A head emerged from the driver’s door window. It was Claire. “Sallie, dear. What are you doing out here?”
Sallie trotted up to the truck. “Claire! God, you don’t know how glad I am to see you. We ran into trouble at the excavation. Need your help.”
“Get in, get in. We’ll see to it.”
Sallie ran around to the other side of the truck and hefted herself up and into the seat, closing the door. At Claire’s concerned and questioning expression, Sallie poured out the situation in a torrent of words. Claire listened, motor idling, truck still on the country road. When Sallie finished, Claire said nothing, just nodded and put the truck into gear. As she accelerated and shifted gears, Sallie pointed back in the direction from which she had come. “The village is back there. We need the cops.”
Claire shook her head. “No. They won’t be of any use. The help we need is ahead.”
“What? Are you crazy? I witnessed a murder this afternoon.”
“And there will be more, unless we get to Grace. She’s ahead, just a bit. She’ll know just what to do.”
Sallie was incredulous. “Grace? What can she do?”
Claire smiled. “She’s the only one who can set this right. You’ll just have to trust me for a while, dear.” Claire looked over at Sallie. “Please. It’s hard to explain, but you’ll understand in good time.”
Claire swerved the small truck down the country roads, slowing down and pulling off onto a track leading toward the tangled woods just beyond the meadow through which they drove. In the distance, Sallie could just see the jagged remains of the ancient castle. The truck bounced and jolted over the tracks, and eventually entered the woods. As they slowly drove through the forest, Sallie noted the tangled trees and mossy ground. Looks like something from The Brothers Grimm, she thought. All we need now is a gingerbread house and a wicked witch. Her thoughts focused again when she felt the truck pull off the track and stop. Claire reached under the seat and pulled forth a bag, then looked at Sallie.
“We go on foot from here. Look, from here on out, stick close to me. Whatever you see, just try to accept for the moment. I’ll explain later. Agreed?”
Sallie knitted her eyebrows in a puzzled expression, then slowly nodded. “Agreed.” Claire smiled satisfactorily, then opened the door and stepped out. Sallie followed, quickly catching up to Claire as she shouldered her bag and began her soft tread through the tangled woods. They strode that way for a short time, mostly in silence, until they happened upon a small clearing in the midst of the thick forest. It was lit by shafts of sunlight, in stark contrast to the deep shade of the woods surrounding it. In the center stood a flat-topped rock, about waist high. Spread out on top of the rock were cups, small batches of herbs, and, most predominantly, a sword. Sallie’s eyes widened as she beheld the weapon. Its design was quite old. She recognized the craftsmanship as heralding from a Celtic hand, judging by the intricate interwoven designs upon the hilt and blade. She watched Claire place her bag on the ground, then asked, “Claire? Exactly what is this place?”
Claire turned, and placed a finger to her lips. “Shh. Don’t speak loudly. I imagine that your presence has already alarmed the forest folk.”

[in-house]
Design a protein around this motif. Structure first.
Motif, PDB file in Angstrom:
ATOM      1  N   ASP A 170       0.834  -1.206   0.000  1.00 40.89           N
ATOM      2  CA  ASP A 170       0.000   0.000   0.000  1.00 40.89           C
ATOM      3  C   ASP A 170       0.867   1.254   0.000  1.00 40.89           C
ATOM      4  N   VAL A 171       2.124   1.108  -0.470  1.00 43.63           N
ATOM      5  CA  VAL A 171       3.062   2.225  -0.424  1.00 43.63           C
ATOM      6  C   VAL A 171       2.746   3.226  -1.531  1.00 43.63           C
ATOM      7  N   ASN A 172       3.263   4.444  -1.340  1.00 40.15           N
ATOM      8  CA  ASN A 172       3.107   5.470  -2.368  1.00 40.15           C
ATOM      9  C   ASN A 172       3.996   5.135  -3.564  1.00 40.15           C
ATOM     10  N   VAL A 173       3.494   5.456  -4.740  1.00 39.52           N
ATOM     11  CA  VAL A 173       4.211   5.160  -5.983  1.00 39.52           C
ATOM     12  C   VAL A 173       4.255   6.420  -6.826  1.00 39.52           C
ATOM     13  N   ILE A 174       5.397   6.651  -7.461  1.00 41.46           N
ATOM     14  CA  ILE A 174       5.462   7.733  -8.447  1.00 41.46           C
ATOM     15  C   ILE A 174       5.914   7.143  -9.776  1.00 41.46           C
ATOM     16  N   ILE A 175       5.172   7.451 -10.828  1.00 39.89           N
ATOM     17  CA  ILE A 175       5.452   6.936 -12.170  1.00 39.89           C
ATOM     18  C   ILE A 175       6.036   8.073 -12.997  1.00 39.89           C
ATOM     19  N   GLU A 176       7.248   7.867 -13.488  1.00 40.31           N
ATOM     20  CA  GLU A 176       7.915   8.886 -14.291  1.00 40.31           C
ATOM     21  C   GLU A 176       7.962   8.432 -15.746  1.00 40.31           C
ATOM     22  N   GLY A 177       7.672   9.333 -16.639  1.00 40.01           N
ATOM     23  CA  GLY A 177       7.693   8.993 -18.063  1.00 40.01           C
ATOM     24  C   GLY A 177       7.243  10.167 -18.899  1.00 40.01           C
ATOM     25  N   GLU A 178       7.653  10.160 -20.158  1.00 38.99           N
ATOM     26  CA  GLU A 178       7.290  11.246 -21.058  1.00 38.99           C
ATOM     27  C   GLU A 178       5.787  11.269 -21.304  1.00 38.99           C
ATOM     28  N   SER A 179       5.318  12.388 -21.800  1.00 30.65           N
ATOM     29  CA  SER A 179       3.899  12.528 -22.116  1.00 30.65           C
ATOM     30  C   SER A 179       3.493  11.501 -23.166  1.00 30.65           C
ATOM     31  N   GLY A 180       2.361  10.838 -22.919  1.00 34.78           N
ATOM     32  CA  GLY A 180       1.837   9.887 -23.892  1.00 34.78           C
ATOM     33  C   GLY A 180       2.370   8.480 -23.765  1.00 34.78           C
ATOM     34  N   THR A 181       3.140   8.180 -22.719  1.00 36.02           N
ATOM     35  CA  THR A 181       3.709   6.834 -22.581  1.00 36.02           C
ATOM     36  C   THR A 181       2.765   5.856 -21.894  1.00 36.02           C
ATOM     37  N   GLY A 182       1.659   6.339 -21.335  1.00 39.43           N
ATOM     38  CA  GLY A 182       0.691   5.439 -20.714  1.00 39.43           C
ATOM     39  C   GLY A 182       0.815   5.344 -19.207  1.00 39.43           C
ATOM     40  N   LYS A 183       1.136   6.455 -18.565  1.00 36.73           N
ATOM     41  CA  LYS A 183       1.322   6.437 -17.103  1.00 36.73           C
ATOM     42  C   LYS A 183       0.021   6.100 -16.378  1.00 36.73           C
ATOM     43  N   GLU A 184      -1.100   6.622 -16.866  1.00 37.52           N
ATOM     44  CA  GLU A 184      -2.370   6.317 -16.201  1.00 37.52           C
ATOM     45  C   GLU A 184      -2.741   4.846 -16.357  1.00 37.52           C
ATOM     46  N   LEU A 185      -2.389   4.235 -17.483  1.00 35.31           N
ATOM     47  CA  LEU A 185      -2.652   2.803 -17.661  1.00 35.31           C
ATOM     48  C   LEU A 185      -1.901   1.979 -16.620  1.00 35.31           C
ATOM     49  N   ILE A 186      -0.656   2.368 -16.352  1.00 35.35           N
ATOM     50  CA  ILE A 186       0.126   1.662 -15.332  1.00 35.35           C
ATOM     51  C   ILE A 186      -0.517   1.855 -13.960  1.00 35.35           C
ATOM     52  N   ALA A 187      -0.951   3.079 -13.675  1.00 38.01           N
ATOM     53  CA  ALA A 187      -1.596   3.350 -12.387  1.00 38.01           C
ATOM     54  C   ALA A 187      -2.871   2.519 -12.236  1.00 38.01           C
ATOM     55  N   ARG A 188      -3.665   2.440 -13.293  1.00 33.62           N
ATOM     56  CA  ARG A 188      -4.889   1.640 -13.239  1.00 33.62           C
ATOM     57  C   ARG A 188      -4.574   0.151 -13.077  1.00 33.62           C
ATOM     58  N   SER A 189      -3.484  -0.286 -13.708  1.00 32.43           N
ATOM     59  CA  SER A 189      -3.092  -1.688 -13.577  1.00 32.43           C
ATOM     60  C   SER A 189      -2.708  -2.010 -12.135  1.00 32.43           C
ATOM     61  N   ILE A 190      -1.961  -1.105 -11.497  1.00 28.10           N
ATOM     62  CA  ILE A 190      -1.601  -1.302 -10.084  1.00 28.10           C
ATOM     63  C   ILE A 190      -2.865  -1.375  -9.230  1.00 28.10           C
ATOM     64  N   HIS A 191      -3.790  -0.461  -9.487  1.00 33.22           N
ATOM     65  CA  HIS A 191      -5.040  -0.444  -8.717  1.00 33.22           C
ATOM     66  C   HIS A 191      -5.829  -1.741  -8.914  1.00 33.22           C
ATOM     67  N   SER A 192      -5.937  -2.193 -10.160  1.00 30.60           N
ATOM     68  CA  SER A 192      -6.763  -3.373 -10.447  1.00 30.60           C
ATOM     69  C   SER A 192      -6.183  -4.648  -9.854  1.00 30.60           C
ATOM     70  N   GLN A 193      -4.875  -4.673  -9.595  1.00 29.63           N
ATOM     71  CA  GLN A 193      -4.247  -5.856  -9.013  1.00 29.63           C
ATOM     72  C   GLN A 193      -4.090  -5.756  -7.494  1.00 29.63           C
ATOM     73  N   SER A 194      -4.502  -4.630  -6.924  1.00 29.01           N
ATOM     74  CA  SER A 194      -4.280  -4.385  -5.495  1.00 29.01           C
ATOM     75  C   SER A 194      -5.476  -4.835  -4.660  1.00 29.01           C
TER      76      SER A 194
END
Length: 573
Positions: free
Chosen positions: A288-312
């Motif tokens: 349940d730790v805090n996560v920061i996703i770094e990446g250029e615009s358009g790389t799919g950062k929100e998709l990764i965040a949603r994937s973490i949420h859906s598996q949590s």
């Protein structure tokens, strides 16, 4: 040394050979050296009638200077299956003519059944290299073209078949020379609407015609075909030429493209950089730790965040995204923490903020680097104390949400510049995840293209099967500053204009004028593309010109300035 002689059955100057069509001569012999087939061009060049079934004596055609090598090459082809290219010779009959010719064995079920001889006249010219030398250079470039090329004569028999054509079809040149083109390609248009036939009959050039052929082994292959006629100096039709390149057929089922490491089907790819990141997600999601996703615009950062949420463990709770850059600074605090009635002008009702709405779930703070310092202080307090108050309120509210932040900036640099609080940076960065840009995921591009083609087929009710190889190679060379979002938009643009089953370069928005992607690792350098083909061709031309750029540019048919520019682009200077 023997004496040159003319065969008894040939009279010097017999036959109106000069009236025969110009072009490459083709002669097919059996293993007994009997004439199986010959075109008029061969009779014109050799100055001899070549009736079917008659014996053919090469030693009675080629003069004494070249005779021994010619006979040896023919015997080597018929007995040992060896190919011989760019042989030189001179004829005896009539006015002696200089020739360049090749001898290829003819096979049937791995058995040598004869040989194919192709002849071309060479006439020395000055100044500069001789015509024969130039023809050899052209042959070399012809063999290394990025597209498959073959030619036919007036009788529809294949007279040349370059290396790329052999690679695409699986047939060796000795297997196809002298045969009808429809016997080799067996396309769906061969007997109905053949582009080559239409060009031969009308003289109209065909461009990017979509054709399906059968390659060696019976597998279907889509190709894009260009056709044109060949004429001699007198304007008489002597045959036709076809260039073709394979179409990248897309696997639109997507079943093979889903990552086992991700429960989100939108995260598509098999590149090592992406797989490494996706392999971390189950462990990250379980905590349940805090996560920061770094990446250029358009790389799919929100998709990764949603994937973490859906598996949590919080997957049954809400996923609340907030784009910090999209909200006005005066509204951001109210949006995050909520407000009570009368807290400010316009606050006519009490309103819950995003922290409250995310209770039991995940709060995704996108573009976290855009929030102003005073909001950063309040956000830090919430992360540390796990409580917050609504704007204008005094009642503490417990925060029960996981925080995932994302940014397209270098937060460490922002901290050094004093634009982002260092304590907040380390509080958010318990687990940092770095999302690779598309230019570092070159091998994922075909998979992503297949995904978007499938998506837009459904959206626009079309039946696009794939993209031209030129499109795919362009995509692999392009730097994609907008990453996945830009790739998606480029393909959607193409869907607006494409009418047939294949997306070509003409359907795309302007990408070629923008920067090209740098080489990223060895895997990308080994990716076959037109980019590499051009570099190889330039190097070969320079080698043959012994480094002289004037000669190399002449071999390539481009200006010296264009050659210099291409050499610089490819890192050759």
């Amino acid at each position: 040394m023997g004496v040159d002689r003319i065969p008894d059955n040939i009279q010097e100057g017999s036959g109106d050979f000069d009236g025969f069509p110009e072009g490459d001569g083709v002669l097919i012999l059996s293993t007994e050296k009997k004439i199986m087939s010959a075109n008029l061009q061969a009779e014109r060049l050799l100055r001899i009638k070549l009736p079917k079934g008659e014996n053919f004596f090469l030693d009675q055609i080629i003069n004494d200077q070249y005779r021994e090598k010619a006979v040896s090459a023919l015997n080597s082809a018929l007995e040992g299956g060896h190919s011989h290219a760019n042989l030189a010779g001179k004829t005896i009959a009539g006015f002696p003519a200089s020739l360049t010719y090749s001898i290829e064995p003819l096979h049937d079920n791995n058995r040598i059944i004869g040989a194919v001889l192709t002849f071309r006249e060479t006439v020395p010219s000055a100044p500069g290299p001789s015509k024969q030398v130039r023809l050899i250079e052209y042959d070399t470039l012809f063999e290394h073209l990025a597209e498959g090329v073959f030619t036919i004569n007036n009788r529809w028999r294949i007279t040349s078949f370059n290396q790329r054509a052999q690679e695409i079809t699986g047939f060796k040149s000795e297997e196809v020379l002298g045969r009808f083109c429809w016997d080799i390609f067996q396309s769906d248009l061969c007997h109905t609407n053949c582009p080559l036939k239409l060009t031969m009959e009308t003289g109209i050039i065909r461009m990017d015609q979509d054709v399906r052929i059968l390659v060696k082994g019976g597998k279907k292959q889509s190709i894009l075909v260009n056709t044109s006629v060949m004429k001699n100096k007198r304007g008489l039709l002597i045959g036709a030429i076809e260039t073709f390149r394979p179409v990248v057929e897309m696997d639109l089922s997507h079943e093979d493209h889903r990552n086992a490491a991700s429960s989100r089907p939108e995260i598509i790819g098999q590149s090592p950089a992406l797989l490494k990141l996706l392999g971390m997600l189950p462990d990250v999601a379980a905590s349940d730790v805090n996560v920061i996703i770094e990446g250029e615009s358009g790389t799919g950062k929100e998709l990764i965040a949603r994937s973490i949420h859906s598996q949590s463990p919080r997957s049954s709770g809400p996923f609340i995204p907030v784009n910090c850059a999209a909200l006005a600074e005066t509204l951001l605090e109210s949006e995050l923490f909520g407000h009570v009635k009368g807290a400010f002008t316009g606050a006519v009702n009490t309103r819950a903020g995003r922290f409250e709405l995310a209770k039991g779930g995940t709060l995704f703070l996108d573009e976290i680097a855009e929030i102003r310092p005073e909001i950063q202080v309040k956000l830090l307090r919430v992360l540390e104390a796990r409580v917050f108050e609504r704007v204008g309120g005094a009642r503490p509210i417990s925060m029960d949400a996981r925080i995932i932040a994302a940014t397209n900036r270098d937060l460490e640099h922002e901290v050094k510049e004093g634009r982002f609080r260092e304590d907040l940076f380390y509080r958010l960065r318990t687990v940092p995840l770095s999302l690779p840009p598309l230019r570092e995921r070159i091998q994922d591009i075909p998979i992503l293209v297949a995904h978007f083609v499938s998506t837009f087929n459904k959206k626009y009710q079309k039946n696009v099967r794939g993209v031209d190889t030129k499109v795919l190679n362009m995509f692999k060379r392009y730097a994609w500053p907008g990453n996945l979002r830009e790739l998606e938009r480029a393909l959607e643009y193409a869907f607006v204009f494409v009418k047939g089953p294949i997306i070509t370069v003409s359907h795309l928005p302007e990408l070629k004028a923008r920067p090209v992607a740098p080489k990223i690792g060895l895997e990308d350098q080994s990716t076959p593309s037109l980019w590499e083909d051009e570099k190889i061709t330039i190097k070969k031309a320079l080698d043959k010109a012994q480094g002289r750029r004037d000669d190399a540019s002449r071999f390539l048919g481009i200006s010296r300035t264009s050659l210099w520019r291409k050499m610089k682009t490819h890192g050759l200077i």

Sallie opened her mouth to respond, then caught herself and whispered, “Forest folk?”
Eyes twinkling, Claire nodded. In a whisper, she replied, “Yes, dear. They’re quite shy around those they don’t know. Remember, just watch. Don’t speak. Why don’t you sit over there?” Sallie glanced in the direction Claire had pointed, then perched on a tangled tree root. She watched Claire rummage in her bag and withdraw a green tunic which she wiggled over her head. It was short, reaching to just past her waist. When she had smoothed it with her hands, she stood by the flat rock, hands folded, eyes closed. Sallie, her curiosity bursting, cleared her throat in an attempt to attract Claire’s attention. At the sound, Claire just smiled and glanced over to Sallie. Once again, she put her finger to her lips in a gesture of silence. Sallie nodded, then wiggled slightly as she resigned herself to her bumpy seat on the gnarled tree root as her mind raced in thought.
I can’t believe I’m doing this. This is weird beyond belief. I should be going for the cops or something. God, I’m so worried about Mack and the others. If anything happens to them, I’ll never forgive myself. She smiled slightly at the next thought. Mack. I miss him so much, right now. He’s the finest man I’ve ever known. I can’t let anything happen to him. Sallie’s thoughts wandered until her mind was brought back to the present by a slight motion which she noted out of the corner of one eye. What the hell was that? She glanced to her left, and her jaw dropped. Her normally wide, dark eyes expanded, it seemed to her, to the size of dinner plates. She found herself staring into a diminutive, pale face about three feet from her, whose owner was perched on the same root as she was.
The face’s owner was about a foot tall, pale and with an ethereal presence about her. She almost seemed to shimmer in the light as she squatted, peering back at Sallie with an intensely questioning, curious expression. The small face was beautiful, Sallie noted, and the hair loose and flowing almost to her waist. A small wreath of some sort wrapped itself around her head. She was clothed in some exquisite, filmy material, and large wings occasionally flapped behind her. They had a transparent, gossamer quality. The two figures just sat for some seemingly endless moments, studying each other, not speaking, until Sallie could restrain herself no longer. She whispered, “Wh….who are you? Are you an…..angel?”